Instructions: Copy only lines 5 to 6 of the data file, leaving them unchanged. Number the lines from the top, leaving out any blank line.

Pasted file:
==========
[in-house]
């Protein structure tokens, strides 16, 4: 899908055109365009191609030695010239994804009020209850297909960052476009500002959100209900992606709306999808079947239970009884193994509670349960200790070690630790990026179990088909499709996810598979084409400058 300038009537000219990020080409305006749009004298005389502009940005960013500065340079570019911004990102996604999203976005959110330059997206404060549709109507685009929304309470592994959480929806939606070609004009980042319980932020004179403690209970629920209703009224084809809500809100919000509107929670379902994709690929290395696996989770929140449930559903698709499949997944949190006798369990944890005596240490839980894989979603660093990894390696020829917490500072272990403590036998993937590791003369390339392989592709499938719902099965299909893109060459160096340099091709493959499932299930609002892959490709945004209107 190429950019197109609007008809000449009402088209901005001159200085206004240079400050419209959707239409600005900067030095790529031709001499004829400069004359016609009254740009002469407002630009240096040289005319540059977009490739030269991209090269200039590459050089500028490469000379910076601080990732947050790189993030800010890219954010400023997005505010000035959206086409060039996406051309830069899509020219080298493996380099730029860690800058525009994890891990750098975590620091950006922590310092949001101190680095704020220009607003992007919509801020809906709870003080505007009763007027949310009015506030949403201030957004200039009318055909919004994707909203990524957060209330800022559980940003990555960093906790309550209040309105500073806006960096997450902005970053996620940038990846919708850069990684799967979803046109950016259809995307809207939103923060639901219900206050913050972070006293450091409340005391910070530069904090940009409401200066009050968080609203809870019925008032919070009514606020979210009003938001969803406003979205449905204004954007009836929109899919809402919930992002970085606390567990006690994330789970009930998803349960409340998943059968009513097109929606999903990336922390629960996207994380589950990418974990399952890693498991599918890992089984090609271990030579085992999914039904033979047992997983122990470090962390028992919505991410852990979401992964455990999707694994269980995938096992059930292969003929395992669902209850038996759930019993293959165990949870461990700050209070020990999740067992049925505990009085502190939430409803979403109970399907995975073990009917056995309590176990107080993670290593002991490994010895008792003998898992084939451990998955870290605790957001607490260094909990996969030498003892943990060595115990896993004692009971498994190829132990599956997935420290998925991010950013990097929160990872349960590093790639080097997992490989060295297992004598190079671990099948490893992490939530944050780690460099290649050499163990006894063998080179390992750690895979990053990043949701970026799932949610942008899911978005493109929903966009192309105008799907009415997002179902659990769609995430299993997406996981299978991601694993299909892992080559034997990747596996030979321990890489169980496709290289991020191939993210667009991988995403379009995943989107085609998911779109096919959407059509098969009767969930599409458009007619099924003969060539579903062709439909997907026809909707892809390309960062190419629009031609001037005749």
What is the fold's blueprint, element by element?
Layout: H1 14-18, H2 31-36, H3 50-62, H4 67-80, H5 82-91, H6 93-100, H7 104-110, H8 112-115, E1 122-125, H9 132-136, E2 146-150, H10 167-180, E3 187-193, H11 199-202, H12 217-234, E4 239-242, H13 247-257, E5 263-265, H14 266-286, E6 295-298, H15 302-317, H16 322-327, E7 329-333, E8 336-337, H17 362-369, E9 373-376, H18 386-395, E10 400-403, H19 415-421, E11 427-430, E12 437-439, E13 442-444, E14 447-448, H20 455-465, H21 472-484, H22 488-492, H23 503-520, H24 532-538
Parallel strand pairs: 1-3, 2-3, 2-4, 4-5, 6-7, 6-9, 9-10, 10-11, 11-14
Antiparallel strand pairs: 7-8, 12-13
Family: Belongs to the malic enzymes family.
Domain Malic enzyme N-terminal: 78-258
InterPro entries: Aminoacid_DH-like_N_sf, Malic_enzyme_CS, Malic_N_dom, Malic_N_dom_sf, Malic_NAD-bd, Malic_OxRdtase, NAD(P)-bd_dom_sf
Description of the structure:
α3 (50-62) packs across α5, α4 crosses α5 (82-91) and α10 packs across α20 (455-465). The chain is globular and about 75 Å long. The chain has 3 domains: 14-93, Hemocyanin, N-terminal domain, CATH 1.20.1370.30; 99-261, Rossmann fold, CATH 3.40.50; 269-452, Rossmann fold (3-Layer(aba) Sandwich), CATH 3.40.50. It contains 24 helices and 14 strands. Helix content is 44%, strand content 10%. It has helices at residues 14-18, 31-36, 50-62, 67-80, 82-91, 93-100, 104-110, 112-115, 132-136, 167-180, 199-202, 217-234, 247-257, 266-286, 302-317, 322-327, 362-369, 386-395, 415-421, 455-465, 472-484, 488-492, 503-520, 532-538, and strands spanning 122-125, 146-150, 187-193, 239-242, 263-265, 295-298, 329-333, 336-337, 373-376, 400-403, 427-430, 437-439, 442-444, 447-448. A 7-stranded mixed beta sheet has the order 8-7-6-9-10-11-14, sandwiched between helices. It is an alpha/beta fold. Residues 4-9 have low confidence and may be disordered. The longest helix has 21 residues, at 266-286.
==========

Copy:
Parallel strand pairs: 1-3, 2-3, 2-4, 4-5, 6-7, 6-9, 9-10, 10-11, 11-14
Antiparallel strand pairs: 7-8, 12-13